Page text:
There was a big downside to releasing new videos at this rate: The bigger the quantity, the worse the quality…and then came the Adpocalypse, which affected many YouTube channels, including my own.

By the beginning of 2018, I had decided to halt my diversification plans, and went back to the basics.

Steps taken included spinning-off RoadRailer Simulations as “The Train Sim Corner” (now, shutting down Railfan Central, and consolidating all of my video series down to only a couple. The biggest step I took however was the cancellation of Technology Showdown, along with all of its “cinematic universe” plans.

That same year (due to Adobe ending support for Muse), I switched to the more mobile-friendly Mobirise for further website development, and started experimenting with new ideas: A mascot that would eventually become my Savvy Sage character, a comic series surrounding said mascot (among other characters), and livestreaming games over Twitch and Microsoft’s failed streaming platform Mixer.

Experimenting continued into 2019, which included switching from Mobirise to WordPress/Elementor, bringing back articles to the website—a first since my early days.

By 2020, The SFC Group was looking less like a group now, so it made sense to shorten the name back to “SFC” by the end of that year.

My Brief Hiatus

The final logo for SFC before retiring the name.

As part of an effort to focus solely on informative entertainment, I removed Technology Showdown from public viewing before the beginning of 2021. However, once I pulled those videos, viewership on my channel declined, and I eventually sought new opportunities in the content-creation space.

By the middle of March, I decided to start retiring the SFC and names—they were starting to get old, dated, and kind of childish; they had also become more associated with my old animations, rather than the professional work I’m doing now.

My last pre-Savvy Sage video: An overview of the Jackbox party game Fakin' It.

My last *new* video released under SFC was a review of the Jackbox party game Fakin’ It!, published on March 17th, 2021—at the time, the channel had peaked at 4,000 subscribers.

After that, I took a brief hiatus to focus on personal life.

My Triumphant Return

The Savvy Sage "Neon" logo.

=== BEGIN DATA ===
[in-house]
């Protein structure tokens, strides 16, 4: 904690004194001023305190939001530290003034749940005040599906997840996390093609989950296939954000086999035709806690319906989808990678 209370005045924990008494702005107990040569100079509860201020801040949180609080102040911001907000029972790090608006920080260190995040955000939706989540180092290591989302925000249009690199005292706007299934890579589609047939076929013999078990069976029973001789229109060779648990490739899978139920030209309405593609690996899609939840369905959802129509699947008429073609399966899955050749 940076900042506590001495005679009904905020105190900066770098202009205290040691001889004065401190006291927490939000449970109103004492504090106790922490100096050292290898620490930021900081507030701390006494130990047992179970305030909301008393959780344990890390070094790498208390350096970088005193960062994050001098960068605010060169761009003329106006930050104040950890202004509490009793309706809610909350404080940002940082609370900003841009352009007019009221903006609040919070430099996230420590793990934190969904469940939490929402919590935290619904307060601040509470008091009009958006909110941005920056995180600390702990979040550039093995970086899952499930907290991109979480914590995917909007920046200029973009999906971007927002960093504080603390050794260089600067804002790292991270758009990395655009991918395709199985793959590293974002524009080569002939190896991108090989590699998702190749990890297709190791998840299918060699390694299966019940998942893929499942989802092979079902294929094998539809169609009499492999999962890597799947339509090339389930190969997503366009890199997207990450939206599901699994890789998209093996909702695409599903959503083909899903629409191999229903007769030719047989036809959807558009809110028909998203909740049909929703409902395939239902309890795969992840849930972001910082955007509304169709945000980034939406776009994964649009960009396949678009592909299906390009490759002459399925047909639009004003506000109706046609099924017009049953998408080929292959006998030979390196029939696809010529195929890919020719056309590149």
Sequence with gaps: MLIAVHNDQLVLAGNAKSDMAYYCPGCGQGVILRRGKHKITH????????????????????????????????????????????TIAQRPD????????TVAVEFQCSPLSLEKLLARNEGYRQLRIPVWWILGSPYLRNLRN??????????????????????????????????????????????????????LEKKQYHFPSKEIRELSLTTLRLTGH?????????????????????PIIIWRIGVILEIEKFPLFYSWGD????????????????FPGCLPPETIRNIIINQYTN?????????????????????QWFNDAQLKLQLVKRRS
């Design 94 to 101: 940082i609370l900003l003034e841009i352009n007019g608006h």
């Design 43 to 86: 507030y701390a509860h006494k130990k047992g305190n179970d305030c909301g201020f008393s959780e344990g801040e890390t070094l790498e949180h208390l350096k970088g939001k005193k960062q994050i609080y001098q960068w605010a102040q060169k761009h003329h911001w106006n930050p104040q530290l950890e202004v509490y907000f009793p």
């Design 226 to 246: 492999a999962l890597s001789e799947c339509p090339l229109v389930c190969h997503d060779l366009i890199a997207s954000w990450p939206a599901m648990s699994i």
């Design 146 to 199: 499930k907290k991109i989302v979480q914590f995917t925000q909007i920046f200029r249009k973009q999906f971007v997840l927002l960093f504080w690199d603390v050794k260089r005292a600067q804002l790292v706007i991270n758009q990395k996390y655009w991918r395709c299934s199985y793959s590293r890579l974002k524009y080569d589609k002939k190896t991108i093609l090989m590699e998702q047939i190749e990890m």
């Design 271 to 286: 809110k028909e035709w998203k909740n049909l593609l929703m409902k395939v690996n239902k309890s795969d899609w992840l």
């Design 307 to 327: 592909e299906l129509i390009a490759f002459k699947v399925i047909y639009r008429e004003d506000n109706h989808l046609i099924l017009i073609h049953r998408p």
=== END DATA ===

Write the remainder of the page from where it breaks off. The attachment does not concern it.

During my brief hiatus, I was contracted to edit episodes of Apple Keynote Chronicles, a podcast from the Computer Clan—during that time I learned new editing techniques, among other things, and had a lot of fun with them…just like the old days.

Slowly but surely, I started regaining interest in running a YouTube channel again. However, I didn’t want to start over with my old channel, as most of my subscribers were viewers of a show that I had no interest in continuing.

Instead, I started up a new channel—the original intent was to create a podcast called “Let’s Talk This Over” (now the name of a side project focused on preserving history one day at a time), but it eventually evolved into a web series under the name “Savvy Sage“—the first episode was uploaded in January of 2022.

The first episode of my Savvy Sage show.

Since then, I have continued to provide quality content for my audience, unleashing the uncommon bits of tech and gaming history, while also preserving quality over quantity.

I’m proud of the work I do now, and the audience reactions have been very positive—it’s a win-win scenario that took me a long time to finally get to where I am.

I’ve learned a lot of valuable lessons over the years: Having a healthy community and getting feedback is crucial, and helping others in need is a virtue—it’s also important to balance it out with life and not weigh yourself down.

I take it one episode at a time now, so I can not only stay focused, but also preserve the quality of my Savvy Sage episodes in the years to come.

So to all of my loyal viewers who have stayed with me throughout the past 10 years: Thank you.


And here’s to another 10 years!